This type of vignetting is caused by the physical dimensions of a multiple element lens. Rear elements of the lens are shaded by elements in front of them, which reduces the effective lens opening for off-axis incident light. The result is a gradual decrease in light intensity towards the image periphery. Optical vignetting is sensitive to the lens aperture and can often be cured by a reduction in aperture of 2–3 stops. (An increase in the F-number.)

Natural vignetting[edit]

Unlike the previous types, natural vignetting (also known as natural illumination falloff) is not due to the blocking of light rays. The falloff is approximated by the cos4 or "cosine fourth" law of illumination fall off. Here, the light fall off is proportional to the fourth power of the cosine of the angle at which the light impinges on the film or sensor array. Wide angle rangefinder designs and the lens designs used in compact cameras are particularly prone to natural vignetting. Telephoto lenses, retrofocus wide angle lenses used on SLR cameras, and telecentric designs in general are less troubled by natural vignetting. A gradual grey filter or postprocessing techniques may be used to compensate for natural vignetting, as it cannot be cured by stopping down the lens. Some modern lenses are specifically designed so that the light strikes the image perpendicular or nearly so, eliminating or greatly reducing vignetting.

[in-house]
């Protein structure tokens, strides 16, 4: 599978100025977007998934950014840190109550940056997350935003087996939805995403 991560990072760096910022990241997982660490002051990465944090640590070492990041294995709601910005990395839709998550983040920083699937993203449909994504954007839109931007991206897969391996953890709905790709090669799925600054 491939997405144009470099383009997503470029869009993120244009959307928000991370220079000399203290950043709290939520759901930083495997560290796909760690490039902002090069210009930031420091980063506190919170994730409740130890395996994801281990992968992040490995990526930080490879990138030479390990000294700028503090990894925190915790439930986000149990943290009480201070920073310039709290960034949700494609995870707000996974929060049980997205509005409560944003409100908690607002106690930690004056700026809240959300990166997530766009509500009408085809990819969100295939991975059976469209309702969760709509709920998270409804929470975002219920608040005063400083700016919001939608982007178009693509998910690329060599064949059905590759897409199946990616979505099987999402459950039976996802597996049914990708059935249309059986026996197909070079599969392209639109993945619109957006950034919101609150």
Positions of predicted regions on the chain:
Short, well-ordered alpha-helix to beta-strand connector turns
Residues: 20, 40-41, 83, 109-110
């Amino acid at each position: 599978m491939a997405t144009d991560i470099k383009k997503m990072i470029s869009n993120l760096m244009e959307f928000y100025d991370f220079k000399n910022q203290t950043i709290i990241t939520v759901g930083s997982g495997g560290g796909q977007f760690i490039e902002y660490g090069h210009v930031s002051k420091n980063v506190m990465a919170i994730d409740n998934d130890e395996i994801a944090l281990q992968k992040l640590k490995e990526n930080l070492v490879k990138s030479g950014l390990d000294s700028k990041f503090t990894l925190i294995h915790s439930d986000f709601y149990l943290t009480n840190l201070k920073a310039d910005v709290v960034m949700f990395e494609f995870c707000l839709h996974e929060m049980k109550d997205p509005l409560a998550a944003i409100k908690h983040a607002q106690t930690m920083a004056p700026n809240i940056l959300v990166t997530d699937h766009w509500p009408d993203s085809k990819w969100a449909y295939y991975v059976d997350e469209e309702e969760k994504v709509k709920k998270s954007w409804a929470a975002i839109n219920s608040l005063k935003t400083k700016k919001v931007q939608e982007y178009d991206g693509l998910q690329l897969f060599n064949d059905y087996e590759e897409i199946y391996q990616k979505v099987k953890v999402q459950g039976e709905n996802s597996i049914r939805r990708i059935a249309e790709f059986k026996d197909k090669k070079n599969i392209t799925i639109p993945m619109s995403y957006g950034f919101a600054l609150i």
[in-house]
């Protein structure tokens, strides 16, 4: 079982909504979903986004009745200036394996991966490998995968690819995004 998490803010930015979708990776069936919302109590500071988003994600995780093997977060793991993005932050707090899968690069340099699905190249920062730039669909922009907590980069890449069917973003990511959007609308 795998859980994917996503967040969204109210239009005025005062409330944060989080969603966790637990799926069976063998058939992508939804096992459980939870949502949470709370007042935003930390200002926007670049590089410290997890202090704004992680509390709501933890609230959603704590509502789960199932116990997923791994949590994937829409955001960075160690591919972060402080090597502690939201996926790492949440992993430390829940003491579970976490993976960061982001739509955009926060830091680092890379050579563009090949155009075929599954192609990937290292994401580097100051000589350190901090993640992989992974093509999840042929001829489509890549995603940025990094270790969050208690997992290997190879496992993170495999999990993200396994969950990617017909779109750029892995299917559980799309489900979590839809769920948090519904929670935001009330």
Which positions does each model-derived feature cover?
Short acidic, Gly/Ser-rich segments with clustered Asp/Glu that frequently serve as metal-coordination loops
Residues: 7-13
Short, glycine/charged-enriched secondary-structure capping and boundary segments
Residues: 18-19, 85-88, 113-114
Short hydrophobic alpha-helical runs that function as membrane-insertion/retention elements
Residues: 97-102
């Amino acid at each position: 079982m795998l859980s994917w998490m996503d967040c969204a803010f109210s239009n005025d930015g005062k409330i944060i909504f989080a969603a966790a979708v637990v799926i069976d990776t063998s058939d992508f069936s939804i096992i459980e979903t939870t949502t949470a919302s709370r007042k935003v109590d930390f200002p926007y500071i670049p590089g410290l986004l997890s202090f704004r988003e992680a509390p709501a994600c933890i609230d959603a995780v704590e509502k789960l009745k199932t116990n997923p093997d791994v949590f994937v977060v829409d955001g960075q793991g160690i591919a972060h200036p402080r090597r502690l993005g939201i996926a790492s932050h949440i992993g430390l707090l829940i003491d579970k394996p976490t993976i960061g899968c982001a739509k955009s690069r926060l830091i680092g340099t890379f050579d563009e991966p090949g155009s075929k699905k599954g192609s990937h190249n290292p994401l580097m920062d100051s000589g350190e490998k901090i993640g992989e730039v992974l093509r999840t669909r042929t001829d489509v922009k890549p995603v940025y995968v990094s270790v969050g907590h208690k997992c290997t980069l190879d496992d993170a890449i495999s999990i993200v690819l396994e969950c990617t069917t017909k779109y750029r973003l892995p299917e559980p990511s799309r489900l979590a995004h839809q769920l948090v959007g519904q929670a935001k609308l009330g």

Pixel vignetting[edit]

Pixel vignetting only affects digital cameras and is caused by angle-dependence of the digital sensors[clarification needed]. Light incident on the sensor at normal incident produces a stronger signal than light hitting it at an oblique angle. Most digital cameras use built-in image processing to compensate for optical vignetting and pixel vignetting when converting raw sensor data to standard image formats such as JPEG or TIFF. The use of offset microlenses over the image sensor can also reduce the effect of pixel vignetting.

Vignetting can be used to artistic effect, as demonstrated in this panorama.
Vignetting can be applied in the post-shoot phase with digital imaging software.


For artistic effect, vignetting is sometimes applied to an otherwise un-vignetted photograph and can be achieved by burning the outer edges of the photograph (with film stock) or using digital imaging techniques, such as masking darkened edges. The Lens Correction filter in Photoshop can also achieve the same effect.

In digital imaging, this technique is used to create a low fidelity appearance in the picture.

To give a photo a 'retro' look - that it was made with an old camera or lens - one could add an obvious 'vignette' using 'lens correction' or burning in margins by any of several techniques.

There is a much more general use.

Viewers' eyes are attracted to brightness so if the areas to the corners or edges are brighter than the desired center of interest, eyes may wander towards that brightness. To direct the viewers' attention, the bright corners or margins are barely perceptibly darkened. This darkening 'fences off' the bright area and keeps the viewer's eyes where the photographer wants.

The object is to keep the view inside the image but, at the same time, not be obvious.

See also[edit]


  1. ^ "Canon EF 24-70 mm f/2.8L II USM review - Vignetting". LensTip.com. 29 November 2012. Retrieved 21 April 2023.
  2. ^ Sidney F. Ray, Applied photographic optics, 3rd ed., Focal Press (2002) ISBN 978-0-240-51540-3.